In Guns, Germs, and Steel, what are the commonly espoused answers to Yali's question (other than the answer that Diamond suggests)?

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pohnpei397 | College Teacher | (Level 3) Distinguished Educator

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The answer to this question is found in the Prologue.  It beings on p. 18 of the paperback edition of the book.  Diamond discusses three common answers that he does not agree with and one that he thinks is accurate, but which does not really answer the question.

The first answer is based on race.  This answer says that the Europeans were simply racially superior to the New Guineans and other such people.  It holds that Europeans are naturally more intelligent than the “backwards” people and that this superiority allowed them to dominate.

A second answer, found on p. 22, is geographical.  It says that Europeans came to dominate because their homeland has a colder climate.  It is easier to live in a warm climate than a cold one, so tropical people did not have to work hard to innovate simply in order to live.  As Diamond gives the argument:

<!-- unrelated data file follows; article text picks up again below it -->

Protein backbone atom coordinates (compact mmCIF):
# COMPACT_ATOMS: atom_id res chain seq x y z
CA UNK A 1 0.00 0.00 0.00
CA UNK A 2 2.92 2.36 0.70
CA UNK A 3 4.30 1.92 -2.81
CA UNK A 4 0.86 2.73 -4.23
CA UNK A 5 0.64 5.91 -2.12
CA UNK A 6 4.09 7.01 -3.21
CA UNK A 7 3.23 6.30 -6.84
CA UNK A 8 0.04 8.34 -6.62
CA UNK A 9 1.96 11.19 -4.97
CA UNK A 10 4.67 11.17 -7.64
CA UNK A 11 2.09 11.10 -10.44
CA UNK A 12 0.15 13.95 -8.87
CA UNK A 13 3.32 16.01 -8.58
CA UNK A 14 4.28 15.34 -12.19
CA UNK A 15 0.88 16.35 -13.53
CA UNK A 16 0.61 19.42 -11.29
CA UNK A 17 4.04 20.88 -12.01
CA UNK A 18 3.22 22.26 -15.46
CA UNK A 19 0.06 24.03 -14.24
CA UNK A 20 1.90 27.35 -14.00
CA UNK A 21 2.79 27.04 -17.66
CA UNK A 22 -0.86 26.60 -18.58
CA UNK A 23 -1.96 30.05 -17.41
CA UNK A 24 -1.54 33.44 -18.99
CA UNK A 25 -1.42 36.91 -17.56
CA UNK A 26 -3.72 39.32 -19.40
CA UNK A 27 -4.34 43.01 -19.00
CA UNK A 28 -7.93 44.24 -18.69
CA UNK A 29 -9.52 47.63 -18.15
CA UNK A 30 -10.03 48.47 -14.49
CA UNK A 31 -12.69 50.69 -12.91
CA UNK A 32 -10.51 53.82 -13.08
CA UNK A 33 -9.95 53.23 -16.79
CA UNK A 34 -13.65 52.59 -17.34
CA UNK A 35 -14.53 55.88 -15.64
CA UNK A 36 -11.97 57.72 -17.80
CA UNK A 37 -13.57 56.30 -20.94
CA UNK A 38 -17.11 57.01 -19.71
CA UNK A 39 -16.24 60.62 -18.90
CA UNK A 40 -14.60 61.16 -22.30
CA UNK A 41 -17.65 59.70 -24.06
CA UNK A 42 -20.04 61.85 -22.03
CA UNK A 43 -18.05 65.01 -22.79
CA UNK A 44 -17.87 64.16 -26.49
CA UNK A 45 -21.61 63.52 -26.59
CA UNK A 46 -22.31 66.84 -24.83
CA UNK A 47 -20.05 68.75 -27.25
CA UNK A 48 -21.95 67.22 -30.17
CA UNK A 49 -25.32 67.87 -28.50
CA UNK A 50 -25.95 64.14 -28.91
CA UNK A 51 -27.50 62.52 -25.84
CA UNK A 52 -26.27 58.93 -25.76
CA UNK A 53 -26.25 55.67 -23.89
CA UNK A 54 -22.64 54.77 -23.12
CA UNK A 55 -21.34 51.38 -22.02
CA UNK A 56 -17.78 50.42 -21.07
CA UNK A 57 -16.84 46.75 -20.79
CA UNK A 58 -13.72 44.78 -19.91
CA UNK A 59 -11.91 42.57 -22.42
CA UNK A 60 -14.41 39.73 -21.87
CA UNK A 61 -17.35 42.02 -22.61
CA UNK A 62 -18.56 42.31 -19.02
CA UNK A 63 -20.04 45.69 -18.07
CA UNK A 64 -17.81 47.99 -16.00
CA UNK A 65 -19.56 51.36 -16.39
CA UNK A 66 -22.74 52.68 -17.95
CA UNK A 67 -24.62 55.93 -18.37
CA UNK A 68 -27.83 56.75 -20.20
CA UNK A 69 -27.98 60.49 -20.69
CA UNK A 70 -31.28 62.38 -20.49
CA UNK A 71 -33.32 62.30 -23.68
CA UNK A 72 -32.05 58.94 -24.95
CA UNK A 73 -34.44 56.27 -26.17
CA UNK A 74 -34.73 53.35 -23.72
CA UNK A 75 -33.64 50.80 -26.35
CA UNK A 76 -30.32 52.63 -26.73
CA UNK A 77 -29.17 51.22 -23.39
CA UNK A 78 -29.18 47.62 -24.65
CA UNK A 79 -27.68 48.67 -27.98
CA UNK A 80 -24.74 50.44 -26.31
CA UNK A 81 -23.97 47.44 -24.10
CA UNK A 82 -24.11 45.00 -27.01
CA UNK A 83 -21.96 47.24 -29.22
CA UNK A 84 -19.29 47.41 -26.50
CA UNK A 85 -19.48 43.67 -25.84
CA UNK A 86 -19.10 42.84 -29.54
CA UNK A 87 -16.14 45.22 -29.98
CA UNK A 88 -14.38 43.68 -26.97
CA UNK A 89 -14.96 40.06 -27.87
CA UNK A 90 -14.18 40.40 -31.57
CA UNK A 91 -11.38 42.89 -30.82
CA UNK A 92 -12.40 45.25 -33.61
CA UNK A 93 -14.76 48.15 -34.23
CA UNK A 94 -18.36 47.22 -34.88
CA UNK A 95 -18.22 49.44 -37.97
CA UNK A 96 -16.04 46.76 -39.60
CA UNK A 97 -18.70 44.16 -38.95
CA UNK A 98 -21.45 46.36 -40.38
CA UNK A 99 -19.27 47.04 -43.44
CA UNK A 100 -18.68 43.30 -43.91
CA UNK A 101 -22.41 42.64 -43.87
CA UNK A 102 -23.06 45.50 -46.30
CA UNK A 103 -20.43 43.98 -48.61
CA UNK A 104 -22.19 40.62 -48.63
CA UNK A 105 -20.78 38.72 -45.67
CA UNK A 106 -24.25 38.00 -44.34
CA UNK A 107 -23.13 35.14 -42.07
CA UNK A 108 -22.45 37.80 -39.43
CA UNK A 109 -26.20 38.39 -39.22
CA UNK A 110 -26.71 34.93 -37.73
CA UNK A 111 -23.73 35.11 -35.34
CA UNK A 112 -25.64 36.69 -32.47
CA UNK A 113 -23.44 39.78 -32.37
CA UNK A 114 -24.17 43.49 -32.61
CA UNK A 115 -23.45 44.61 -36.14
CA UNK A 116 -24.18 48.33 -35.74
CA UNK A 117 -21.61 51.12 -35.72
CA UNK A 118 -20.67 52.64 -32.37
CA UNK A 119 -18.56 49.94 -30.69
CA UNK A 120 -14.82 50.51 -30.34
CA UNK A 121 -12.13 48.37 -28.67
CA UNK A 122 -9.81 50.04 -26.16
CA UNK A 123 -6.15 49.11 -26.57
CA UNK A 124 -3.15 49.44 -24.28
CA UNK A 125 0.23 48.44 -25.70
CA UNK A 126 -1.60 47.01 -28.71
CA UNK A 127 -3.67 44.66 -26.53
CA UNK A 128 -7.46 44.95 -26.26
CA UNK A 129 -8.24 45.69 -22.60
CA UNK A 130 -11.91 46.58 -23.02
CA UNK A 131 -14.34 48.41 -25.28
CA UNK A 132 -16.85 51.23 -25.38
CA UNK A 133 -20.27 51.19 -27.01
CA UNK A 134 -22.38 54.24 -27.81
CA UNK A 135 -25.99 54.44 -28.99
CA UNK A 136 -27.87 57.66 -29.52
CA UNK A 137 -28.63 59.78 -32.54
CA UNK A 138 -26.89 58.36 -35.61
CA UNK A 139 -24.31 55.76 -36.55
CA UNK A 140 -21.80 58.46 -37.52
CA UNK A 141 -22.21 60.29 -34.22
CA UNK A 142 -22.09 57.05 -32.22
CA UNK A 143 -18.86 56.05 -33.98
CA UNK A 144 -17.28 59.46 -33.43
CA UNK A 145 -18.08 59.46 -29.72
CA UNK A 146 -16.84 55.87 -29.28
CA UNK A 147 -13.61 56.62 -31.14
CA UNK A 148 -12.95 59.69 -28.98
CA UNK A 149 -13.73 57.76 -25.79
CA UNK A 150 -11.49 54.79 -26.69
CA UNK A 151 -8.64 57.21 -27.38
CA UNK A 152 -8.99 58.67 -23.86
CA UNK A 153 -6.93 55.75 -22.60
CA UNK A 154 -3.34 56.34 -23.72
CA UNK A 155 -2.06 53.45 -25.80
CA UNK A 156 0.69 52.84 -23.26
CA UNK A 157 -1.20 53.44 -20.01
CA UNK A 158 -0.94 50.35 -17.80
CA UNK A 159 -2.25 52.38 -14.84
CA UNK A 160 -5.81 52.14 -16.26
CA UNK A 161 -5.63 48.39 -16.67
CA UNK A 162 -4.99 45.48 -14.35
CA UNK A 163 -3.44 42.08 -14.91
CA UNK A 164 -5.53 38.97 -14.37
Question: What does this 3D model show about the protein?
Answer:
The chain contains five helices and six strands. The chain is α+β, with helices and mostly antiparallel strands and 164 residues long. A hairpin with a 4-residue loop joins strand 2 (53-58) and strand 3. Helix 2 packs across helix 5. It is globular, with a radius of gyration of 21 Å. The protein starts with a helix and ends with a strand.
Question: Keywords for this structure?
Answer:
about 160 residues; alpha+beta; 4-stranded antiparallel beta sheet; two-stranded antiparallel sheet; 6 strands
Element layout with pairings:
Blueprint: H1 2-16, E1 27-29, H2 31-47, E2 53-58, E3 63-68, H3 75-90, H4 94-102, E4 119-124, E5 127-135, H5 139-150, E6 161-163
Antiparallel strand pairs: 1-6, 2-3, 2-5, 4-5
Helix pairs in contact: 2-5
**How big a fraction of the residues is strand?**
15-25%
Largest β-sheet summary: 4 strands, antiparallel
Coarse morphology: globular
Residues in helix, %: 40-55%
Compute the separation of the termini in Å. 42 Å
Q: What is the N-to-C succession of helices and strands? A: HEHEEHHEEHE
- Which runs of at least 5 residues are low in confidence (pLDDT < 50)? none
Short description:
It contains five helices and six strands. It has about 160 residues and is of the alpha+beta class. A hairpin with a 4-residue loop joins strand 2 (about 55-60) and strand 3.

… cold climates require one to be more technologically inventive to survive, because one must build a warm home and make warm clothing, whereas one can survive in the tropics with simpler housing and no clothing.

The third answer also begins on p. 22.  It says that civilization could only arise in river valleys in dry climates.  In those places, large-scale agriculture was only possible if there was a centralized government.  This forced people to become civilized.

The final answer is one that Diamond agrees with.  It says (on p. 23) that “European guns, infectious diseases, steel tools, and manufactured products” were what allowed the Europeans to dominate.  Diamond agrees, but says that this is not a real answer because it does not tell us why the Europeans came to have those things when others did not.